In New Jersey, some Democrats are still hoping that Newark mayor Cory Booker decides to challenge incumbent Republican Chris Christie. But one other Democrat has thrown her hat in the ring, Barbara Buono.
Buono is a longtime fixture in New Jersey Democratic politics; she was elected to the Metuchen Borough Council in 1992, then served in the New Jersey General Assembly from 1994 to 2002 and in the state Senate from 2002 to January 2012.
Her declaration of candidacy offered some very familiar themes:
Today, our state has an unemployment crisis . . . the highest jobless rate in over three decades. Instead of bipartisan leadership, Governor Christie’s offered trickle-down economics — policies that have landed New Jersey 47th out of 50 states for economic growth. We need a real plan to create good-paying jobs all across our state.
Today, we’re not doing enough to prepare our young people for the global economy. But instead of finding common ground, the Governor scapegoats our teachers. We need to make all of our schools centers of innovation, and make higher education more affordable.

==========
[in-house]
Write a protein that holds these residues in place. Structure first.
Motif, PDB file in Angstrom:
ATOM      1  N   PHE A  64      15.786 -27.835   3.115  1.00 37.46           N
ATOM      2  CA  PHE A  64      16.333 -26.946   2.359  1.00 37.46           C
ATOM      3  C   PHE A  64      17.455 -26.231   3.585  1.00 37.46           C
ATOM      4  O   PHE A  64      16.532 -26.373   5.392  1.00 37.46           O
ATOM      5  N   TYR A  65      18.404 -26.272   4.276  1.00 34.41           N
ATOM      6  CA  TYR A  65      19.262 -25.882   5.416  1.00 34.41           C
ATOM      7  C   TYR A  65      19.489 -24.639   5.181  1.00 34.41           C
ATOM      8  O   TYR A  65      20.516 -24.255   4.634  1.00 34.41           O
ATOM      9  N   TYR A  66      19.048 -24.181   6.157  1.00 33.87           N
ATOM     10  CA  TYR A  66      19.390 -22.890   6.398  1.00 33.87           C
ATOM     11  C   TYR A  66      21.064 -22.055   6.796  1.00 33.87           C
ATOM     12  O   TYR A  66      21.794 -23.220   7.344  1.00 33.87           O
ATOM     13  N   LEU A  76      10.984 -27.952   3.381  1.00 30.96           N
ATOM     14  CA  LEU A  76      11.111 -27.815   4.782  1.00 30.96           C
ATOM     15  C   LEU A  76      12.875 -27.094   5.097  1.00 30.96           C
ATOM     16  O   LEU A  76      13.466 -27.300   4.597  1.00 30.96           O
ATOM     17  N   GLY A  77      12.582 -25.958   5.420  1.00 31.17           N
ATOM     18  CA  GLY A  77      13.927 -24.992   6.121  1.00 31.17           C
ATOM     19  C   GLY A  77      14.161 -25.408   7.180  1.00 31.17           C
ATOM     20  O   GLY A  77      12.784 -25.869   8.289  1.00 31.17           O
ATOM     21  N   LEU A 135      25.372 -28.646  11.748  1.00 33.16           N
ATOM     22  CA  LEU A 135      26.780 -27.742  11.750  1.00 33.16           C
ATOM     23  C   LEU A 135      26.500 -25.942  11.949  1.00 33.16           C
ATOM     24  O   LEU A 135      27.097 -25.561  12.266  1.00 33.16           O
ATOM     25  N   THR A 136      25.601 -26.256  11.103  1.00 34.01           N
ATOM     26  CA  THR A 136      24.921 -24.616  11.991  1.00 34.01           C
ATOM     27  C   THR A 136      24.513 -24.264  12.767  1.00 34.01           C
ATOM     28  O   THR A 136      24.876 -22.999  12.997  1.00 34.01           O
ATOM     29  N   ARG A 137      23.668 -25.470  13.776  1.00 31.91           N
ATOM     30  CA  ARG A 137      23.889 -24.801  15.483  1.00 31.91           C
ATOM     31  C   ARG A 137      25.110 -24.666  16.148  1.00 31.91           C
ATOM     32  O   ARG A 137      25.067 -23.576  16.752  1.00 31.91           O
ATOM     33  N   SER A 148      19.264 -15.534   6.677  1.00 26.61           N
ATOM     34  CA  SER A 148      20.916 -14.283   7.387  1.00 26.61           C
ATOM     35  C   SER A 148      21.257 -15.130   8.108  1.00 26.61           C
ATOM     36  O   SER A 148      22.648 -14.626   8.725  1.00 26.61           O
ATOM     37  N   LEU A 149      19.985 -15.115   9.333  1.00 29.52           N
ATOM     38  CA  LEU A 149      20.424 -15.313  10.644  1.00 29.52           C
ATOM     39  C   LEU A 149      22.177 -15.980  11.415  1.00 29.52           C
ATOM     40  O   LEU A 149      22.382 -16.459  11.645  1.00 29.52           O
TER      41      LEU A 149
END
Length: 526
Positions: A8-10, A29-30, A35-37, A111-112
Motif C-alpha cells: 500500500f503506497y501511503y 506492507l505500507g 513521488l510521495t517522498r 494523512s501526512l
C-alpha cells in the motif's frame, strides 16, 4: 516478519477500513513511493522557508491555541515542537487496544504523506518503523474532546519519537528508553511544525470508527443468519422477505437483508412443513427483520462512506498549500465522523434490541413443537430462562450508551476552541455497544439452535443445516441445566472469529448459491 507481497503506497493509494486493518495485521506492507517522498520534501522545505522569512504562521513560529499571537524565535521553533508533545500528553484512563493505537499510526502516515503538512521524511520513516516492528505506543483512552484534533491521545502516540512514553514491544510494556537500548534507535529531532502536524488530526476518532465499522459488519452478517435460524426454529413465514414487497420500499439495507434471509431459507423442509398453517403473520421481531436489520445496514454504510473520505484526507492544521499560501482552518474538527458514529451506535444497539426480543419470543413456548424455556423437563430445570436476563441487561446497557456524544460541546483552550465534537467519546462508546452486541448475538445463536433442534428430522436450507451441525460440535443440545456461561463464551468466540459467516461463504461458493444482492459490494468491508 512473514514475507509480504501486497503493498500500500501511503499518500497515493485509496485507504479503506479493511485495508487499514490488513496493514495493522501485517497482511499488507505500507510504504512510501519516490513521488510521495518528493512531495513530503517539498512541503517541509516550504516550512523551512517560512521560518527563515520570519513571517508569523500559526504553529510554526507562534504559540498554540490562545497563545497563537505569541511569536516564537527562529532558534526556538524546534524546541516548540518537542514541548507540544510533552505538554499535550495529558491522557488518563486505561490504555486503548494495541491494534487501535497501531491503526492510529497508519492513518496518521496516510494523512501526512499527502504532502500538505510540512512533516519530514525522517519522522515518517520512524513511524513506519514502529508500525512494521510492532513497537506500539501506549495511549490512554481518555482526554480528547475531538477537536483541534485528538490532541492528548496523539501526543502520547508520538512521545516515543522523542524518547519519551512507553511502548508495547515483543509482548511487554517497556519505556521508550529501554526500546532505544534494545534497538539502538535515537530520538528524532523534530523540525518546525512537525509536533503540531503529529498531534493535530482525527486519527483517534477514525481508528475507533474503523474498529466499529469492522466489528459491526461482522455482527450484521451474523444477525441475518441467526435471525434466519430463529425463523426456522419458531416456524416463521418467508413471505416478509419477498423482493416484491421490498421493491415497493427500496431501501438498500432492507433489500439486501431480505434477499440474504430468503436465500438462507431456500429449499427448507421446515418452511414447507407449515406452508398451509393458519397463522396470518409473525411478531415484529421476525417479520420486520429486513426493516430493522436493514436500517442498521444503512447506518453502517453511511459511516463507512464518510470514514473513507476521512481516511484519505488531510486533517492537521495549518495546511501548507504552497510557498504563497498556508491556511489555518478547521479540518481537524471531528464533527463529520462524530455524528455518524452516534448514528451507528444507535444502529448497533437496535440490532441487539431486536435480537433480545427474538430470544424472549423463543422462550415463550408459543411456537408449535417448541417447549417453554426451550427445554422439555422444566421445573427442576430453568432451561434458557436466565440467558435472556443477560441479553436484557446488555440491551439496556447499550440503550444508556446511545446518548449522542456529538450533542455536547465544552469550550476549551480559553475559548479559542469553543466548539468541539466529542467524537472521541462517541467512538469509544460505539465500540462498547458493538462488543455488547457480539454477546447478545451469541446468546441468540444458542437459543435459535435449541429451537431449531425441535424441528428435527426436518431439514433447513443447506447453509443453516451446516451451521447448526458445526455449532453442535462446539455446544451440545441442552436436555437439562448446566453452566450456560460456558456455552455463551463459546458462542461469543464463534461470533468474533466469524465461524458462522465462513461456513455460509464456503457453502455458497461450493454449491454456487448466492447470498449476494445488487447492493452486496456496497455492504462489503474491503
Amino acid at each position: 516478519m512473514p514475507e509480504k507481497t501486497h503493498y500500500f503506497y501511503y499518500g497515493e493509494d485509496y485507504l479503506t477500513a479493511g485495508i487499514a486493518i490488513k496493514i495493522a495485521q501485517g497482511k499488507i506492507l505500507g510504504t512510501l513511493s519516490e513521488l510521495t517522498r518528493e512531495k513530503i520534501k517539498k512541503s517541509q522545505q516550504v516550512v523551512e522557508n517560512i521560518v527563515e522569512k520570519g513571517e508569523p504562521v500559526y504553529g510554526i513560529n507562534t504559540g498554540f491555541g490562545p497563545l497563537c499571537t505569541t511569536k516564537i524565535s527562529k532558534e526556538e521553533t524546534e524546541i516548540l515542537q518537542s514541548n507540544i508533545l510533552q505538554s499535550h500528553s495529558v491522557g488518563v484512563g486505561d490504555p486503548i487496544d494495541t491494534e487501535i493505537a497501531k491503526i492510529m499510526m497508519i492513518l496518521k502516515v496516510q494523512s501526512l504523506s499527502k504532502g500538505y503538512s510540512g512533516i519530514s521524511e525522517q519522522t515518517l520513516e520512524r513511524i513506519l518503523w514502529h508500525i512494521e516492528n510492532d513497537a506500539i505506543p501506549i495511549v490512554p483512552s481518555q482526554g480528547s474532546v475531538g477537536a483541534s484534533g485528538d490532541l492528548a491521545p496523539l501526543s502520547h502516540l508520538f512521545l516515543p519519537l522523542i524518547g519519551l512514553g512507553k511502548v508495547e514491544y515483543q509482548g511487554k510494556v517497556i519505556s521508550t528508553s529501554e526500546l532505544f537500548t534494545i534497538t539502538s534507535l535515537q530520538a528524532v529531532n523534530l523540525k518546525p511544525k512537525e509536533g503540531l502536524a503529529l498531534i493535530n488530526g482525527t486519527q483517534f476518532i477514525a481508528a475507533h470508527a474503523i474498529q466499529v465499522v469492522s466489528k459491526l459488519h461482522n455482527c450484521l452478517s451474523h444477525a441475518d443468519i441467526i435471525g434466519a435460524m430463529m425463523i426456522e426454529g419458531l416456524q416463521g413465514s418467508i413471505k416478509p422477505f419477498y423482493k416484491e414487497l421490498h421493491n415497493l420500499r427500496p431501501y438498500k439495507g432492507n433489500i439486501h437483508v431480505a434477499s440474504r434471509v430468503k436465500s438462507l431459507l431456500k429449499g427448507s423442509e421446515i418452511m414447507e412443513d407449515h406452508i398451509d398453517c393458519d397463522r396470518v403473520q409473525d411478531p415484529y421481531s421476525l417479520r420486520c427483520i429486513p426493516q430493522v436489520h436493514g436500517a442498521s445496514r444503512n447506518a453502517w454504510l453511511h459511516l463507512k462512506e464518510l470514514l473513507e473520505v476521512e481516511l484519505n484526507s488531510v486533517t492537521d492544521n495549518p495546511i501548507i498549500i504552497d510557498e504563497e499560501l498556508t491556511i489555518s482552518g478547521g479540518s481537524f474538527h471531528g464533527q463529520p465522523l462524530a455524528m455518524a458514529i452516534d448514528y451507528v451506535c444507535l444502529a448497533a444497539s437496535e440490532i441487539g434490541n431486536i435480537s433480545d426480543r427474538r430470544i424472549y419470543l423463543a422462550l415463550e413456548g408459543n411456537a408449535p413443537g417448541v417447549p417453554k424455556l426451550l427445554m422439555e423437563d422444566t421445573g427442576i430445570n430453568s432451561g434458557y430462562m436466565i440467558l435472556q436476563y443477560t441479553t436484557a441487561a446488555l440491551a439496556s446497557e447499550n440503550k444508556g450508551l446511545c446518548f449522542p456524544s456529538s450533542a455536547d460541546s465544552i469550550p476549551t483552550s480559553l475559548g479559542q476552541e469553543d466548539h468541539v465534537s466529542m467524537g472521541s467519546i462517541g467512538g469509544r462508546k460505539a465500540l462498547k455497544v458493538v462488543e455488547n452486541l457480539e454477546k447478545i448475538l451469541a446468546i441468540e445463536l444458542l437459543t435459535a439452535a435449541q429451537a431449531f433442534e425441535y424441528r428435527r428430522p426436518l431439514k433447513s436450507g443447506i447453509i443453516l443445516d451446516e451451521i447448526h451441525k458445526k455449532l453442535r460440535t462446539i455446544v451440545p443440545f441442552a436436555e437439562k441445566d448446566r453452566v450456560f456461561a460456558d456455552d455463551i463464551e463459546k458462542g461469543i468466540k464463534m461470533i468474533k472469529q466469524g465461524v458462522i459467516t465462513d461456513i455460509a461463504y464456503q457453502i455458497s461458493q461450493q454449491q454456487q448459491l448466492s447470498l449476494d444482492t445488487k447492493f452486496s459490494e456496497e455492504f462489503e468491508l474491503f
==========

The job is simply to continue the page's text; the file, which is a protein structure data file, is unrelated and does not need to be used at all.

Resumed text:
We have a property tax crisis, with middle class families hit by a 20 percent tax hike . . . all while the Governor pushes income tax cuts for millionaires. We need a tax policy that supports strong middle class neighborhoods . . . not one that drives families away.
The unemployment rate in New Jersey has remained stubbornly high, at 9.7 percent (and this is separate from Hurricane Sandy effects), but it has dipped slightly in the past two months. Christie’s spokesmen emphasize that the state has added 73,600 private-sector jobs since February 2010, the first full month he was in office.
For all of the high-profile tough talk between Christie and his state’s teacher’s unions — at one point he called them “political thugs” — he also worked out a deal for merit pay with them, earning praise from the American Federation of Teachers union.
Christie has not raised the state’s income, sales, or business taxes; he has reduced two state tax credits. State treasury officials estimate that more than 76 percent of earned-income-tax-credit recipients in 2010 owed no New Jersey tax — meaning it was a reduction of a state payment to them, not an increase in their taxes.
(I’ll admit a soft spot for Buono’s hometown of Metuchen, New Jersey. But New Jerseyans may want to be careful; the much-disliked tax-hiking former governor Jim Florio lived there, too. And the infamous former governor Jim McGreevey went to St. Joseph’s High School in Metuchen as well. Must be something in the water there.)
Booker said he’s still considering a run for governor next year.